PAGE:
The 402 N4X, conceived and developed by the famous engineer Jean Andreau in 1935, can still be seen at the Peugeot Museum in Sochaux. The other five units produced were all destroyed during the war, and the project as a whole failed mainly as a result of that terrible trauma, which began at the end of 1939. Peugeot, keen for its 402 to be able to match the technically (although certainly not stylistically) innovative Citroën Traction, had recruited mechanical engineering and aerodynamics specialist Andreau precisely because of his aeronautical background and the experiments he had done as director of the Crasson Aerodynamic Research Center.
The finished vehicle was every bit as elegant as it was refined: Andreau retained the structure and shape of the 402, but focused on every detail, small or large, that might make it more efficient in terms of performance and consumption, without modifying the original engine. It is even said that the deal he struck with Peugeot was that he would be paid on the basis of the improvements actually shown by the new version.
Without altering the position of the headlights, which remained set behind the grille, the front of the car was given a “cleaner” look, through changes to the bumper, the shaping of the fenders and the door hinge fairings, while the interior, surrounded by curved windows, and the entire rear part of the car were redesigned with pleasingly harmonious lines. The rear fenders were rendered particularly attractive, as was the back of the car as a whole, which was topped by a generous fin, all these elements blending together perfectly. All this resulted in a CX of 0.34, as opposed to the 0.68 of the 402, as well as a 30% reduction in fuel consumption. The top speed, too, was boosted by the new design, increasing from 115 to 140 km/hour.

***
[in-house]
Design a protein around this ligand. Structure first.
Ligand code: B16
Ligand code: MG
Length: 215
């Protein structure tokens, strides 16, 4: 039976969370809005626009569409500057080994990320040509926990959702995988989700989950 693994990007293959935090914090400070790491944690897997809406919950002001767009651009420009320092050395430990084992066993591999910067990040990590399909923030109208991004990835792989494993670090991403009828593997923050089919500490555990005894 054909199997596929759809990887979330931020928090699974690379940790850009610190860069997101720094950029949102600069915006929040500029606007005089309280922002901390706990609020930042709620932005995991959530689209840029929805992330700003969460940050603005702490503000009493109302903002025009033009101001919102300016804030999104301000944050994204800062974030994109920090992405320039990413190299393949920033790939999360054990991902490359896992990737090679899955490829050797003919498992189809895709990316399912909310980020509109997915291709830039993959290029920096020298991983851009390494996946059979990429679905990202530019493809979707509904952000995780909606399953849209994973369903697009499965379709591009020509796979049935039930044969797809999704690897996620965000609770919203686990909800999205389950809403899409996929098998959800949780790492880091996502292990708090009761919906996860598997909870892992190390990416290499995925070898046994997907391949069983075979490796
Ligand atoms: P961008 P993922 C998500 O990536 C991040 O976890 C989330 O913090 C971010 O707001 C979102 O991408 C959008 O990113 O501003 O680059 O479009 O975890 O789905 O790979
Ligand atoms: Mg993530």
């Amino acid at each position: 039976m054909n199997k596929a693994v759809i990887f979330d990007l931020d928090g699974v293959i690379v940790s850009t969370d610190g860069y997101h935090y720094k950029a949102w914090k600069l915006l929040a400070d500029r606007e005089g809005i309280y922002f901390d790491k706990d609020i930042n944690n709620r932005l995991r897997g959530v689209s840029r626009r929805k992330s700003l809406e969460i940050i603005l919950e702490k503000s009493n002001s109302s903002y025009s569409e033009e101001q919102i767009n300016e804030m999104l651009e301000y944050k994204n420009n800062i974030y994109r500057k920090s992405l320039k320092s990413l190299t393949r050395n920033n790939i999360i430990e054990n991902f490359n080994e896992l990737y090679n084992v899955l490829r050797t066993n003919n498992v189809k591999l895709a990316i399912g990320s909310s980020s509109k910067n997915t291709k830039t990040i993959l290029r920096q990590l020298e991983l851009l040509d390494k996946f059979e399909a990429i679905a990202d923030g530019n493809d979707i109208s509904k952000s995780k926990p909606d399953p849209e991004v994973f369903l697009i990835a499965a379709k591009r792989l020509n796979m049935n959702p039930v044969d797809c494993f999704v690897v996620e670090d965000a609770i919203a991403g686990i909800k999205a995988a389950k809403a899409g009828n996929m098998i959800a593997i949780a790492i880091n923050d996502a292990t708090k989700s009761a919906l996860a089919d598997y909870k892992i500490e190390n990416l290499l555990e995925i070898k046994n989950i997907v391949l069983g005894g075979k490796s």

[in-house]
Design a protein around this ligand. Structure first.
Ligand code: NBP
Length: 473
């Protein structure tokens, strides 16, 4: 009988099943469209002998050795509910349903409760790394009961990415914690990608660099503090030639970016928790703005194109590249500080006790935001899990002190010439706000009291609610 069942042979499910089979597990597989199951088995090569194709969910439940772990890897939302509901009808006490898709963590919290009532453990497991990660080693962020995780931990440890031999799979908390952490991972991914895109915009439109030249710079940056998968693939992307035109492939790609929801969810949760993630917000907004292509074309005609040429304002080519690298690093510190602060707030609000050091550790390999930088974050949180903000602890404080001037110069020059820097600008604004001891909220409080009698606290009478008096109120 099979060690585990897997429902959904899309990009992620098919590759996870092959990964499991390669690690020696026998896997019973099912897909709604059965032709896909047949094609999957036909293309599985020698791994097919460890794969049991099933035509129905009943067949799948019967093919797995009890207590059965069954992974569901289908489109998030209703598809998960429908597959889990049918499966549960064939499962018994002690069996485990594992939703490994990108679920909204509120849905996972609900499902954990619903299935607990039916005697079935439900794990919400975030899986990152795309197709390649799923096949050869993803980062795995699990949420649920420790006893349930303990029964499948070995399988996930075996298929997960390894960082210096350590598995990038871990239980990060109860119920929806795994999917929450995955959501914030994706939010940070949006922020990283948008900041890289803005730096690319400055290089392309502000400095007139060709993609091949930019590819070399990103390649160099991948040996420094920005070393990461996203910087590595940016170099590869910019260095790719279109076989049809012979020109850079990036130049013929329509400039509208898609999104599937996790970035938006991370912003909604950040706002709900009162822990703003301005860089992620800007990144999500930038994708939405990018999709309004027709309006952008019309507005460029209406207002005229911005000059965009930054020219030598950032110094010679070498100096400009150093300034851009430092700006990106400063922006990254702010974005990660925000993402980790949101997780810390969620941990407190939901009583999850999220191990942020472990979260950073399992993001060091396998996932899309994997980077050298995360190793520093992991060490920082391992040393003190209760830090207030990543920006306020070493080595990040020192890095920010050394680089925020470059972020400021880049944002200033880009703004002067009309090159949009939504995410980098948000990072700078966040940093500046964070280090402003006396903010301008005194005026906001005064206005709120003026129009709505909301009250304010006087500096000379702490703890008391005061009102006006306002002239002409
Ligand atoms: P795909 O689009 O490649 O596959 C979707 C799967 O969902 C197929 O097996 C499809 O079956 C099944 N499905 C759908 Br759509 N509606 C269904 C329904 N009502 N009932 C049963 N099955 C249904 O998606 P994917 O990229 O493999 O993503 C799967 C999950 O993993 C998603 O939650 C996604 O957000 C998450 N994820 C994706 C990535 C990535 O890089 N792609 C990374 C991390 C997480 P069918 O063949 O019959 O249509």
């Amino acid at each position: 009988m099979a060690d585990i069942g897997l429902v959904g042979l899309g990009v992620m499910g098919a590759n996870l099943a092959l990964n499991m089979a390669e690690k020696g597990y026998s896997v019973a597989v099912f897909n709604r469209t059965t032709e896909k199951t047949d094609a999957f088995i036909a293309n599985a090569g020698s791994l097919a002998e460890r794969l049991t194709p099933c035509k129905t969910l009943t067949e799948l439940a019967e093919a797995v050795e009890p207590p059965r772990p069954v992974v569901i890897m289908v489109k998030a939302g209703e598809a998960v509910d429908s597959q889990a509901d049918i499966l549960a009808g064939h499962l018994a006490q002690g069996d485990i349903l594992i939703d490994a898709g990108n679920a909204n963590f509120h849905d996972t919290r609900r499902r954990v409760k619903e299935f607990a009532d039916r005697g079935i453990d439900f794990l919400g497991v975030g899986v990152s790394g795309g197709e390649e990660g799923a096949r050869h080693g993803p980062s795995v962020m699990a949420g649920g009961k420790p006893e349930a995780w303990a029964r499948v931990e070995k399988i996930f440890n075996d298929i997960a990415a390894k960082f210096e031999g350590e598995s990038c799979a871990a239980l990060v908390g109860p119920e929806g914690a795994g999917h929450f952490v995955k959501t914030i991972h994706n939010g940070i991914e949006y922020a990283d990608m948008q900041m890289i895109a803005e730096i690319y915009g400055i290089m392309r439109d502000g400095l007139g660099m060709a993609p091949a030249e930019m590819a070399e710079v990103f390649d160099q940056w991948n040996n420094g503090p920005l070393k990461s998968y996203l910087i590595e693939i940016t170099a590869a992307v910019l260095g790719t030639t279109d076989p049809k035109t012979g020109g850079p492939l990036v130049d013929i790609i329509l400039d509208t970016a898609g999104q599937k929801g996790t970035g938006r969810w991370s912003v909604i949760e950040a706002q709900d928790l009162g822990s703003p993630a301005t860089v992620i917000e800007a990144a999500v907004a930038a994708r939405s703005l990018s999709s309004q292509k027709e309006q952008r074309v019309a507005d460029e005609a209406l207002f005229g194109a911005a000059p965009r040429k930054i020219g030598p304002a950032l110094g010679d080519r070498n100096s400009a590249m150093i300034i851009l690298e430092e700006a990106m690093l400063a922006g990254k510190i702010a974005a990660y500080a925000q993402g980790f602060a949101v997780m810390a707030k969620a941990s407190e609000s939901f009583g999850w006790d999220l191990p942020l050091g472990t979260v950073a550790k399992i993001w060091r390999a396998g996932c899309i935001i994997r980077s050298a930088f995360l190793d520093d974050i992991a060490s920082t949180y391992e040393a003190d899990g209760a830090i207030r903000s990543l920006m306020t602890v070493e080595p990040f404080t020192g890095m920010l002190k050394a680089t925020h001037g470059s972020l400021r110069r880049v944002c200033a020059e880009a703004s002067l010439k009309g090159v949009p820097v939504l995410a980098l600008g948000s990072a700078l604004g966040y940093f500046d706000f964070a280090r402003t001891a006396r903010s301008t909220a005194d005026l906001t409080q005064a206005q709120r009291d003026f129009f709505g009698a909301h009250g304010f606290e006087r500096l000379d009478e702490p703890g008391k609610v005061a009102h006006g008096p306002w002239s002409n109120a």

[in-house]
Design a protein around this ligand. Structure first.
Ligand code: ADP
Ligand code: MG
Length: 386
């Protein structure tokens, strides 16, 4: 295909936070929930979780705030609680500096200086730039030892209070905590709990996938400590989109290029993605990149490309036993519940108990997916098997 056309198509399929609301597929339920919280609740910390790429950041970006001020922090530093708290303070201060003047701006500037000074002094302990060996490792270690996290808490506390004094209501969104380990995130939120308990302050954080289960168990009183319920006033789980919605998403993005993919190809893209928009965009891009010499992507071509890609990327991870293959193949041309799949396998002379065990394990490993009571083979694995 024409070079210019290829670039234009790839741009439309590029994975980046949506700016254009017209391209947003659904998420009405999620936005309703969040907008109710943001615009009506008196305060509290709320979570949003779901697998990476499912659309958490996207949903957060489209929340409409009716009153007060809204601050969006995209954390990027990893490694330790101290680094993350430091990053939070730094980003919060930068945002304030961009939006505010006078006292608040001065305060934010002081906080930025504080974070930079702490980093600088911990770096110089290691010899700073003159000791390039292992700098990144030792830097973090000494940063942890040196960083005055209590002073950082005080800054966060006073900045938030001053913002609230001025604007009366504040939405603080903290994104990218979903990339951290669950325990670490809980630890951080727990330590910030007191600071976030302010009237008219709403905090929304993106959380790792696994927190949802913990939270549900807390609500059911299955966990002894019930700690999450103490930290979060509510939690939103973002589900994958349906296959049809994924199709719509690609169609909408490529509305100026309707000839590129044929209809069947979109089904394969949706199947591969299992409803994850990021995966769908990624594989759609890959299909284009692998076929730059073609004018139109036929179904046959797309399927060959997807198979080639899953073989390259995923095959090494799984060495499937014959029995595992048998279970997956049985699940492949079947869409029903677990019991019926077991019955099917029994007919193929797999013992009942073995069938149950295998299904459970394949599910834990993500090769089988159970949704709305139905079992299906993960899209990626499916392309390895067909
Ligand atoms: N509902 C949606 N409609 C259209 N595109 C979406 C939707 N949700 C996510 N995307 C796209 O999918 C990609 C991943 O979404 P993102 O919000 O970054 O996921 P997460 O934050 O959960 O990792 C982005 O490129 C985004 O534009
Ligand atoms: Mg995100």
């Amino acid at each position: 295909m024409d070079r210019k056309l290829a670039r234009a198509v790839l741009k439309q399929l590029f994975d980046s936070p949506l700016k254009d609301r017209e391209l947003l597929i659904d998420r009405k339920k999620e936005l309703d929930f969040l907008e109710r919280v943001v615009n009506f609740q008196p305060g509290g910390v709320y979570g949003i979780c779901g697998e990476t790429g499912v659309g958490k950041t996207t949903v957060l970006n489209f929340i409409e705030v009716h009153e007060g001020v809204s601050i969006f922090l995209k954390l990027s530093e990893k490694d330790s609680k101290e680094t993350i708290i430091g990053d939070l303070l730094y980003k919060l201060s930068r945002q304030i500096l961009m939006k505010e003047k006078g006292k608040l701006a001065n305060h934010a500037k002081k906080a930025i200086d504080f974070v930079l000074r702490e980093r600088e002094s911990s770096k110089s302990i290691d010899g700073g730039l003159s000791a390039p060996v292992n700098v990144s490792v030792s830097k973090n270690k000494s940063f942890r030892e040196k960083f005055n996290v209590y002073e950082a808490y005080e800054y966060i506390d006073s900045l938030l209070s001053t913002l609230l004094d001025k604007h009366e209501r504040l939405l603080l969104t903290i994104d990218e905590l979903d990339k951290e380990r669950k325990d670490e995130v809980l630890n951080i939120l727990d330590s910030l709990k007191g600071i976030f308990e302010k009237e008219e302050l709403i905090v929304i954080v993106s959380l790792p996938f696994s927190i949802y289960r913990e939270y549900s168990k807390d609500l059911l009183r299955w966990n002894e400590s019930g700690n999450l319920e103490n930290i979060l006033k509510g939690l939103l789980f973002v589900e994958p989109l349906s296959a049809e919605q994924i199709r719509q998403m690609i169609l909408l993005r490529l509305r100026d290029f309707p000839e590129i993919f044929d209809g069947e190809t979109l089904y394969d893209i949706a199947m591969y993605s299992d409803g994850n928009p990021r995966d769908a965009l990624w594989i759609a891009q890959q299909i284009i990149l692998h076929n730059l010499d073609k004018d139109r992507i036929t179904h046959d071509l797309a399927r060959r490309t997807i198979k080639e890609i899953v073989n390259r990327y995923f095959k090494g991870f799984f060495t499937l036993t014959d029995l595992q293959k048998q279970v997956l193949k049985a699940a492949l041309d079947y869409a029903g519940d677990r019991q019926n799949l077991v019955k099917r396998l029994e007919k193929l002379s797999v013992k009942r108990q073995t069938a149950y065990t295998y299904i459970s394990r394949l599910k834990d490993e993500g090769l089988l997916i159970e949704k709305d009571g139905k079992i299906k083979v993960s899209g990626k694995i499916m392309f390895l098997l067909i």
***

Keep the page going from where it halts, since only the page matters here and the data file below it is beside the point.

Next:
However, the fate of the 402 N4X was decided by two very different factors, which together were enough to ensure that it remained nothing more than a valuable prototype: first, the usual market resistance to anything that is deemed too new, and second — this was by far the more decisive factor —, the outbreak of WWII.